No, you ignorant moron. A., Jack is a real name. I can prove it, and B. It is a nickname for John, not James.

Yeah, we should trust these people.

2. Trump Tweets. Okay, what is this? President Trump, flush with success over questionable reports that North Korea has decided to halt nuclear testing (you know, like Iran, and equally trustworthy), tweeted,

Now, it is easily determined that the North Koreans have not agreed to “denuclearization.” Meetings haven’t even taken place. The tweet is fantasy. This is the kind of thing the mouth-foaming Trump haters point to as an example of the President’s “lying.” A statement that can’t possibly deceive anyone else, coming from someone who habitually makes such statements, is a falsehood, but whether it is a lie is questionable. Does Trump believe this tweet, at least when he wrote it? I suspect so. He communicates–indeed, he thinks— in cloudy generalizations and concept clouds. Is this tweet and its ilk spectacularly irresponsible and self-destructive to his ability to be respected and believed? Oh, definitely. Stupid and embarrassing too. But a lie? I’m not sure. “Trumpism” might be a better term.

Calling out NBC with “fake news” in front of a tweet with fake news is certainly audacious stupidity, however.

3. Now the Good Trump (maybe): Reportedly, spurred by the suggestion of Sylvester Stallone, the President is considering a pardon for Jack Johnson, the first black heavyweight champion (1908-1915) who was hounded by the government and personally destroyed, mostly because of his proclivity to have relationships with white women. Johnson’s primary crime was being a successful, defiant, black man at the height of Jim Crow. The play (and movie) “The Great White Hope” tells his story, which is an American tragedy; Ken Burns also made a superb documentary about Johnson.

Johnson was convicted of violating the Mann Act, for transporting women across state lines for immoral purposes, in his case, miscegenation. Eventually he served time in a federal penitentiary. There have been calls to grant Johnson a posthumous pardon for at least a decade. A 2008 bill requesting President George W. Bush to pardon Johnson in 2008 passed the House, but failed to pass in the Senate. Senator McCain,  Representative Peter King, Burns and Johnson’s great-niece requested a presidential pardon for Johnson from President Obama in 2009, and again in  2016, in honor of the 70th anniversary of Johnson’s death in a car accident. A vote by the United States Commission on Civil Rights also called on Obama to “right this century-old wrong.” There was also a Change.org petition. Obama never acted, causing a firestorm of protest from the Congressional Black Caucus.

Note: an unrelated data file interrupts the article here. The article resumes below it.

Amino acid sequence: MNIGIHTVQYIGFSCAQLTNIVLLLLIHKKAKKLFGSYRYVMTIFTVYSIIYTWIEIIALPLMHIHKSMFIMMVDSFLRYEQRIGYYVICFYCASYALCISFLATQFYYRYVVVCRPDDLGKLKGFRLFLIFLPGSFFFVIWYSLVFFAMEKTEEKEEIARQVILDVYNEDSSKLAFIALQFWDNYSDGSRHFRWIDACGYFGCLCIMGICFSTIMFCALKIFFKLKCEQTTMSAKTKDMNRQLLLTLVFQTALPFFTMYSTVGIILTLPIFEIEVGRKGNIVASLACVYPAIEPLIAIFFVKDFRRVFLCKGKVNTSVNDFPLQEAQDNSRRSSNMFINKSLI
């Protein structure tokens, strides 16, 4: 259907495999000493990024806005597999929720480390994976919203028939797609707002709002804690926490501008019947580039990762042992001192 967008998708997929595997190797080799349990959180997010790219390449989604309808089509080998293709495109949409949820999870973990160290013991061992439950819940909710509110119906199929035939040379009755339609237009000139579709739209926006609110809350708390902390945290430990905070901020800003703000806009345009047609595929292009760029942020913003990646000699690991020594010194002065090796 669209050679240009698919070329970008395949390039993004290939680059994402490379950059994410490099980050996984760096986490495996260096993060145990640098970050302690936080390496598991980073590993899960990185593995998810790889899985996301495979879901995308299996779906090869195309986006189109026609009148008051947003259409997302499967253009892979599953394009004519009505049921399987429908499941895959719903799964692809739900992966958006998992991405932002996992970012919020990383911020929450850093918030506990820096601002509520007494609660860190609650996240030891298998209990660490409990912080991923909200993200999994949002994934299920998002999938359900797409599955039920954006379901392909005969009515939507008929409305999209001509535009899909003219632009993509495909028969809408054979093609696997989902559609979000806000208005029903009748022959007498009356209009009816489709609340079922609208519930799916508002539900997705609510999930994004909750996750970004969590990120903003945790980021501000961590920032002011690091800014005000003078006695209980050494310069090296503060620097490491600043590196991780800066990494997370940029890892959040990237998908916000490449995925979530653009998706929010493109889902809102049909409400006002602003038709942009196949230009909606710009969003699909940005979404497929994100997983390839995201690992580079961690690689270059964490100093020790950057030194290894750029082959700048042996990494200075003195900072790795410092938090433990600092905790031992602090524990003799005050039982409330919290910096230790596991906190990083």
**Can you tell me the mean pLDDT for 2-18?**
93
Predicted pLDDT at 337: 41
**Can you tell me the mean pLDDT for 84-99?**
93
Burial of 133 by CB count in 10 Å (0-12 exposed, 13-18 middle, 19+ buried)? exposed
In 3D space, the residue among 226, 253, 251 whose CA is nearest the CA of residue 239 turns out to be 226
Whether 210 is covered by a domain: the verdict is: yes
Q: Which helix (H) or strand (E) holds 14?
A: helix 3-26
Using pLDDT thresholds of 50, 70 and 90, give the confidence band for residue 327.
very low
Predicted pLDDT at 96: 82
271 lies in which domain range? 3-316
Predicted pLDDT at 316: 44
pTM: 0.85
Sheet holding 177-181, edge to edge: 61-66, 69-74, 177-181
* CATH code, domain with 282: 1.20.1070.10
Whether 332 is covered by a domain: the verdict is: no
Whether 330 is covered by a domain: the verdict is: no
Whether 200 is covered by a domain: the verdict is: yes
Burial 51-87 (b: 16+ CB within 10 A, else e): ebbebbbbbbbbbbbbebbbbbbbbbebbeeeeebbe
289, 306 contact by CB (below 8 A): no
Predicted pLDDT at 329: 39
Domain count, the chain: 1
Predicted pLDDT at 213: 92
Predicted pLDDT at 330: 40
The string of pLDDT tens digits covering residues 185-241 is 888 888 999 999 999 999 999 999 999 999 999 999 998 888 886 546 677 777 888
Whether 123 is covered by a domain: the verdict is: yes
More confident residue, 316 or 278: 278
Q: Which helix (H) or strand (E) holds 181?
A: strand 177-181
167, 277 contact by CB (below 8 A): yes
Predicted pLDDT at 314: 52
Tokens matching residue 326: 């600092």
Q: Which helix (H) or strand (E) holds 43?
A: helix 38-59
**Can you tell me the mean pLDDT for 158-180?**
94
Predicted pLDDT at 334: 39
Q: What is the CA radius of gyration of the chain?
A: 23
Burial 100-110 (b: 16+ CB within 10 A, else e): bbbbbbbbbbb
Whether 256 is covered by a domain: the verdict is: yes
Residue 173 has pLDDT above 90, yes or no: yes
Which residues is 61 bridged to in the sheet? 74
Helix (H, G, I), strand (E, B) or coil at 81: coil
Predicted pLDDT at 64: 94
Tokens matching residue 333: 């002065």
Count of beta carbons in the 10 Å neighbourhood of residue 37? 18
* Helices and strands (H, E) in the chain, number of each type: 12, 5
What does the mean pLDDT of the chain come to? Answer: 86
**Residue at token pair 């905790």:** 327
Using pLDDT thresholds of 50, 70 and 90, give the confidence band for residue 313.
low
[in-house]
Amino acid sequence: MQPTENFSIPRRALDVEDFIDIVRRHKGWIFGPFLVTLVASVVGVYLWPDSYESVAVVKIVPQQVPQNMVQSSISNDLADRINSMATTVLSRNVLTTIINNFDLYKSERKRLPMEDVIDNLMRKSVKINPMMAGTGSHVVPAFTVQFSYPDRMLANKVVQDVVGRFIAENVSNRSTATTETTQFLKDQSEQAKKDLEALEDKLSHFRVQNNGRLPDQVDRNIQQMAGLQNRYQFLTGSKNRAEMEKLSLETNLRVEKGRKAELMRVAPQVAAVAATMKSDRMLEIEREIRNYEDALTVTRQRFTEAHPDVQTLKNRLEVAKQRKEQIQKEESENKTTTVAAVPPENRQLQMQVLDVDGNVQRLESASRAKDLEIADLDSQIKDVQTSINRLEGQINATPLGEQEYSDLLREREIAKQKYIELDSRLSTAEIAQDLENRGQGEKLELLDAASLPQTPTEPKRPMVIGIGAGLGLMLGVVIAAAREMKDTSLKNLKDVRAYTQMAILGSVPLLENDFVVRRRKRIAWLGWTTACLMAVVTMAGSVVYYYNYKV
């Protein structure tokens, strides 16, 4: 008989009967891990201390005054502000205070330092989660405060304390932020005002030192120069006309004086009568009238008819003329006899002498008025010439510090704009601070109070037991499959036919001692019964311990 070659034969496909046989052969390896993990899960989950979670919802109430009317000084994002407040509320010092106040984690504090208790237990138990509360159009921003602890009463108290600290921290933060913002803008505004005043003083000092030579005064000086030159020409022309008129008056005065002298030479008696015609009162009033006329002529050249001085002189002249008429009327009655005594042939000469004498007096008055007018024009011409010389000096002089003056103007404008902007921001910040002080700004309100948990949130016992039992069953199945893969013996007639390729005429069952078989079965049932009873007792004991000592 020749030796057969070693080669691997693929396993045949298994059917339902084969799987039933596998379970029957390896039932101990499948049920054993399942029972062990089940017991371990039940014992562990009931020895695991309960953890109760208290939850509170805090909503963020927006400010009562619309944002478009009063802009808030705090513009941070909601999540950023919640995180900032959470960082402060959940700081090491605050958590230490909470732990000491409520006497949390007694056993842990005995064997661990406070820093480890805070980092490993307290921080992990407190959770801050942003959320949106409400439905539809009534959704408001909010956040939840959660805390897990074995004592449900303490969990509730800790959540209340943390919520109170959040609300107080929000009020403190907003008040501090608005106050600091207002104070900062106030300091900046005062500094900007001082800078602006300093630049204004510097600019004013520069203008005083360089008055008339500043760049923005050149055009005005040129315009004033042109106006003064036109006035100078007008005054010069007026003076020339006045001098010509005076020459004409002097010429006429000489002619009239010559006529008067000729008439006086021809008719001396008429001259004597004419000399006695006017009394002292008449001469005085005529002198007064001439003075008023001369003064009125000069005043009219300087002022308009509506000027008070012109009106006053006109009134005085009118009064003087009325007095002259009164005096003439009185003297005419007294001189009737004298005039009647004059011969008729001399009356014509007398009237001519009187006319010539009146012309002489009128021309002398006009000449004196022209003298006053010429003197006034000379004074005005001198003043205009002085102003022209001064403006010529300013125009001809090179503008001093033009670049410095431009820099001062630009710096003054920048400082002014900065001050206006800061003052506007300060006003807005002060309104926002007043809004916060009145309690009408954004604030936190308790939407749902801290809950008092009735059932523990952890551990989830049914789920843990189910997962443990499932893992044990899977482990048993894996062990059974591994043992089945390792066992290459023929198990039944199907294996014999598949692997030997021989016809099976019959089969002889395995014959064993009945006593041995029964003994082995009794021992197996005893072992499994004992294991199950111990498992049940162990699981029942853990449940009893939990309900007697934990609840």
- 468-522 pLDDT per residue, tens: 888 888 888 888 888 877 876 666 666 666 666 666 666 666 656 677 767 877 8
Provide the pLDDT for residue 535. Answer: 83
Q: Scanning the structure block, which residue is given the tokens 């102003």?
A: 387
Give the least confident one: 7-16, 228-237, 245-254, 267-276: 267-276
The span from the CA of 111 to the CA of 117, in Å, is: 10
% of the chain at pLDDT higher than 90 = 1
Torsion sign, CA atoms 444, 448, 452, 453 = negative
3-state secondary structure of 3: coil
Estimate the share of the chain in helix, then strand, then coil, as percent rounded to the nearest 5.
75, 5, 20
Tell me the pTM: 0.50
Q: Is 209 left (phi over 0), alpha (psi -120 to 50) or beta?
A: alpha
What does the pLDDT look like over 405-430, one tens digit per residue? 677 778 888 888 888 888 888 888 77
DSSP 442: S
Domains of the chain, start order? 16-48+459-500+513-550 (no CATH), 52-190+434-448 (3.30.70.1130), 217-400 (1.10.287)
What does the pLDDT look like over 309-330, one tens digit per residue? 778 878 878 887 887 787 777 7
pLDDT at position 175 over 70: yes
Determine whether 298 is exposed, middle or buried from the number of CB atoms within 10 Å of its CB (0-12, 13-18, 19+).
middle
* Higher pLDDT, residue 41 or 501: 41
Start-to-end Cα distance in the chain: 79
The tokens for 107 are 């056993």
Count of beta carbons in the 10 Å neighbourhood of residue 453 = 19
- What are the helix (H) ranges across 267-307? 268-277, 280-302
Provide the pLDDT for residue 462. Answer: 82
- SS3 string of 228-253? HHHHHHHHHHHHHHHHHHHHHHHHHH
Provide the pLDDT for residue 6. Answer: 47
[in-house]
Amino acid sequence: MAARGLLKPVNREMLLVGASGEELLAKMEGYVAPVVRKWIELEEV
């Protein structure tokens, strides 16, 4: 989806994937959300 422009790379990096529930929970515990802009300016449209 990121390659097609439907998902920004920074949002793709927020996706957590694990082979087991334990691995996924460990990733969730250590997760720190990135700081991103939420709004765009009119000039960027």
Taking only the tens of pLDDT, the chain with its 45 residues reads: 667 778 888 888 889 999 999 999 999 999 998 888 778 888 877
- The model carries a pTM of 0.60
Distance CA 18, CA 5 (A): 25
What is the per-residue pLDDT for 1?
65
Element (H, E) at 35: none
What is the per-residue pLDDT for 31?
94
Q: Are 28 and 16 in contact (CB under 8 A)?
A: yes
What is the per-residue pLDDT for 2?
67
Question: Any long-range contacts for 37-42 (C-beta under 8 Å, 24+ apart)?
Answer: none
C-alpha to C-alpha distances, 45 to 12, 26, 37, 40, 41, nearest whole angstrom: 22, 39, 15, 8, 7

No, I’m kidding: it was hardly mentioned in the news media or by black activist groups. And Jack Johnson’s life, despite the fact that hardly anyone under the age of  50 could tell you anything about him, mattered. If President Trump finally does the right thing and clears Jack Johnson’s name, I wonder how progressives and the news media will attack him for it?

4. Wait, why wasn’t he texting, “I’m so terrified!”? James Shaw Jr., 29, rushed a shooter armed with an AR-15 (and not wearing pants) who had opened fire yesterday in a Waffle House in Antioch, Tennessee.  Four people had been shot dead and many other were injured before Shaw grabbed the gun’s barrel, pulled it away and threw it over the Waffle House counter. He suffered a gunshot wound and burns from grabbing the gun’s barrel.  Although his actions are credited with saving many lives,  Shaw Jr. denies that he’s hero. “I was just trying to get myself out. I saw the opportunity and pretty much took it,” he says.

Real heroes seldom regard themselves as heroes. The fact is that he took action, placed himself at risk in doing so, and had the right instincts, exactly the ones this culture is supposed to nurture but increasingly does not: take control of your own fate, and do what needs to be done.

Trust me on this, James (can I call you Jack?): You’re a hero. Continue reading

From “The Ethics Incompleteness Principle” Files: Memphis, Tennessee’s Confederate Statues

A better application of the Ethics Incompleteness Principle would be difficult to find than the decision by Memphis, Tennessee to remove a huge monument to Jefferson Davis, the president of the Confederacy, and an even larger heroic equestrian statue (above) of Nathan Bedford Forrest, swashbuckling Confederate general and (allegedly) the first Grand Wizard of the Ku Klux Klan,  from two public parks.